Closed by its latest owners last December, Ms. has picked itself up, brushed itself off and gotten back in the race. The resuscitation of the 17-year-old feminist journal is not only a brave gesture in today's grim magazine marketplace but also a defiant one: The new Ms. won't take advertising, and thus, the reasoning goes, won't have to tailor its contents to the appetites and allergies of advertisers.

For the reader, it's not a bad bargain. The ad-free, 96-page Ms. offers about twice the editorial matter of a comparable ad-laden magazine. With the advertiser subsidy gone, the reader will pay a little more for his or her Ms. -- $4.50. The magazine's new editors, headed by old-Ms. veteran Robin Morgan, are essentially taking it back to its core constituency -- its readers. Less dramatically, lots of magazines are responding to shrinking advertising spending in the same way -- by asking their subscribers and newsstand buyers to bear a greater burden of the costs.

If you doubt the influence of the magazine advertiser, read Gloria Steinem's manifesto in this summer "premiere" issue, which bears the original Ms. logo. In what must be an exhilarating release, the founding editor and feminist elder confesses to her own magazine's past courtship of mule-headed advertisers, and shares with us some of the choice phrases advertisers use in contracts to guarantee upbeat or inoffensive editorial environments in women's magazines.

Maidenform's ads were not to be adjacent to editorial matter "relating to illness, disillusionment, large size fashion, etc.," Steinem writes, and Procter & Gamble insisted that its products were not to be advertised in any issue "that included any material on gun control, abortion, the occult, cults, or the disparagement of religion."

The magazine's new incarnation is decidedly less slick and colorful than Ms. in its heyday ever was. (Editor Morgan proposes the ungainly term "magabook" to describe it.) It's full of news, advice and argument from the contemporary women's movement -- these are not post-feminist times, the editors say, but post-patriarchal times -- with a deliberate emphasis on international news.

Ms. in the 1980s was often accused of trimming its ideological sails to reach a wider audience (or another advertiser); now Ms. knows and unapologetically speaks its mind. Writes Morgan: "So here we are, still crazy after all these years." This is, depending on your sentiments, either a shining virtue or a crippling defect, but the new magazine can't be accused of waffling.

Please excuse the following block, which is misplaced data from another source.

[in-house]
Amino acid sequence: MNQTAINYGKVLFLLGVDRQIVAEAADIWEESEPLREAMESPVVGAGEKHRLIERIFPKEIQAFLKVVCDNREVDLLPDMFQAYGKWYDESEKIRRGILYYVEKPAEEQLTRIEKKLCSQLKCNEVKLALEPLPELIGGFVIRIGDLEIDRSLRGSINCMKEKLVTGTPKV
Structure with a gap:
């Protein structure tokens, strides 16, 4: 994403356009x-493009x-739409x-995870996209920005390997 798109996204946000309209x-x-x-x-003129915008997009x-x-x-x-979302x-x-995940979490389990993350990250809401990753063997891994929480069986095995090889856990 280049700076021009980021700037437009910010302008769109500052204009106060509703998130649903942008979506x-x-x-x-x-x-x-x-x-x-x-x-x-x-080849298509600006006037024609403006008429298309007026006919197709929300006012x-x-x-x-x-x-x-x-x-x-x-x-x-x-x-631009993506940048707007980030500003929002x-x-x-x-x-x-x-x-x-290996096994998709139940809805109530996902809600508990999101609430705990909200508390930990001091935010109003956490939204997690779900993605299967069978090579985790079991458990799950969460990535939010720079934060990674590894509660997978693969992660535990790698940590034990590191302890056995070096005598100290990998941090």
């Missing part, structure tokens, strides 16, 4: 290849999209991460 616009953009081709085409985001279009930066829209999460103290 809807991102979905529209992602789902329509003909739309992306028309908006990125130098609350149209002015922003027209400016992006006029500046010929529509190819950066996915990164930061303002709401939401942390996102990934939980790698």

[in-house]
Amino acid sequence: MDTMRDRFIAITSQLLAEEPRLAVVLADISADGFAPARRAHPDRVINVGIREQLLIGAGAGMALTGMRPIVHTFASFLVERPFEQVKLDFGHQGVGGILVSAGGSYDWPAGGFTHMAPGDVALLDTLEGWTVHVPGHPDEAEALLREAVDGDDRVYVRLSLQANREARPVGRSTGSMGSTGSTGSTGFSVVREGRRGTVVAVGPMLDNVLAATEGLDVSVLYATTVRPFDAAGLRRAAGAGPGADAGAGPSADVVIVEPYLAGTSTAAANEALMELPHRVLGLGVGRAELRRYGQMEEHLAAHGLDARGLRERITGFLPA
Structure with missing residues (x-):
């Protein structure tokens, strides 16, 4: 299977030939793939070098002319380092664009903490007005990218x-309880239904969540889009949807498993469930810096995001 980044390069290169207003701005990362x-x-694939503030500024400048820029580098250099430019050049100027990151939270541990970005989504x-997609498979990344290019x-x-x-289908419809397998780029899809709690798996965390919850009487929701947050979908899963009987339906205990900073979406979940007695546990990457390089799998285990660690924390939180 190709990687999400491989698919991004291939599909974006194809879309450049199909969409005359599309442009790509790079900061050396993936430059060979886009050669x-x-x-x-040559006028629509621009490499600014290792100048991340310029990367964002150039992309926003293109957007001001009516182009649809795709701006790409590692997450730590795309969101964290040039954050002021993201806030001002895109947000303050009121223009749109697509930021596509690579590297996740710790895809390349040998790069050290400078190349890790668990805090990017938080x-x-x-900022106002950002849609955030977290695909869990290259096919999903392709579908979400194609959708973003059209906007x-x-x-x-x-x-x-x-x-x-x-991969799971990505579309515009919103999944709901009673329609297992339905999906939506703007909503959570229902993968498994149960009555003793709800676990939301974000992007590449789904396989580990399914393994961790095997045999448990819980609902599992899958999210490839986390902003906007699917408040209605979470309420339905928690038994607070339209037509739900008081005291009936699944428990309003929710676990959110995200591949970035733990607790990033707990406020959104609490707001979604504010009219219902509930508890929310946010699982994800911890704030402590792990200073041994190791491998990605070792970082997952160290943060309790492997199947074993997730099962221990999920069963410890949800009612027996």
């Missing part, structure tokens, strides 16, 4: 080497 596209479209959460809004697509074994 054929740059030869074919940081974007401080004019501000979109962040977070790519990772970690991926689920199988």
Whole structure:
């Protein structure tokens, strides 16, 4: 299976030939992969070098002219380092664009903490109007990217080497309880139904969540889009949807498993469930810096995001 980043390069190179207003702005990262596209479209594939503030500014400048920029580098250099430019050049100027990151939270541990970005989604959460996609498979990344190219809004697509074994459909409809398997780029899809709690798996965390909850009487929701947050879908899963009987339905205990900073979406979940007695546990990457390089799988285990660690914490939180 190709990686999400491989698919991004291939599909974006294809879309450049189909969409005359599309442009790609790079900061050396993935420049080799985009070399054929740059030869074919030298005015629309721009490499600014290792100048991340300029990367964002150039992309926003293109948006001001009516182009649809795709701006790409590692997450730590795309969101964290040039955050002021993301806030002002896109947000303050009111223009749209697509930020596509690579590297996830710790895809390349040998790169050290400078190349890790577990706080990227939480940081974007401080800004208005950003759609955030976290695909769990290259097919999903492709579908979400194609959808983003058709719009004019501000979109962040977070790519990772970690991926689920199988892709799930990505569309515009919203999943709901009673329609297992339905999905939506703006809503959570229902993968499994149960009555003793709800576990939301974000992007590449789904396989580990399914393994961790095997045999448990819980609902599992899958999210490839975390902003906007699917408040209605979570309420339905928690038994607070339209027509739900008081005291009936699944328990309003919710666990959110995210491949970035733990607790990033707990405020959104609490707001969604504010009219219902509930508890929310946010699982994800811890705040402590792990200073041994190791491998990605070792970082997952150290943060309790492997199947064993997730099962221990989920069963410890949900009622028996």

On the impressive roster of contributors to the summer issue: Toni Morrison, Adrienne Rich, June Jordan, Marilyn French, Ann F. Lewis, Lindsy Van Gelder, Bella Abzug, the Boston Women's Health Book Collective and, interviewing each other, k. d. lang and Lesley Gore.

For a year's subscription (six issues), send $30 to Ms., Box 57132, Boulder, Colo. 80322-7132.

Scales Fell From My Eyes Writer Craig Canine always thought there was something fishy going on behind the seafood counter at his favorite supermarket in Des Moines. Like the rest of us, he was curious: How fresh is fresh, anyway? Where was it caught? Is this really red snapper? Unlike the rest of us, he followed up -- or rather down -- by traveling his rockfish fillet's week-long plateward journey, from Pacific net to Seattle processor to distribution warehouse to Omaha transfer (where it sits all weekend cooling its eels) to the point of purchase in Des Moines.

Canine shakes whatever naive confidence you had in the meaning of language or the honesty of fishmongers. "Fresh" can mean fresh, but more often it just means "caught recently." As a rule, fish lasts 10 to 12 days after it is plucked from the sea, so long as the proper temperature is maintained. Red snapper seldom is; seafood purveyors are notorious for fanciful labeling.

Along the journey the narrative takes a lengthy detour into the safety of seafood and the need for better health inspections (a separate story in itself, or should be) and a more pleasurable side trip into the mishmash of fish names (the best improvement award goes to the orange roughy, known in its native New Zealand as a slimehead).

Canine's story is in the promising first issue of a new and brainy food magazine, Eating Well, published by the conscientious folks, Vermont-based and Canadian-owned, who also bring you Harrowsmith Country Life. The food magazine field is competitive, and so is the healthy-eating niche, but Eating Well doesn't read like the rest of them.

One year -- $12. Write Eating Well, Ferry Road, Box 1001, Charlotte, Vt. 05445-9977.

White Man's Burden In search of the original pukka pith helmet, which you dunk in water and it keeps your head cool for hours in the blazing sun even if it's so soggy it completely loses the classic shape you associate with old movies set in India and Africa, John Anthony West was astonished and dismayed. They simply aren't made much anymore, not properly anyway. That's probably because they carry such politically incorrect associations -- plus, you have to walk around with a wet thing on your head. A man with a mission, West takes to the pages of the August Conde Nast Traveler to try to revive an old hat.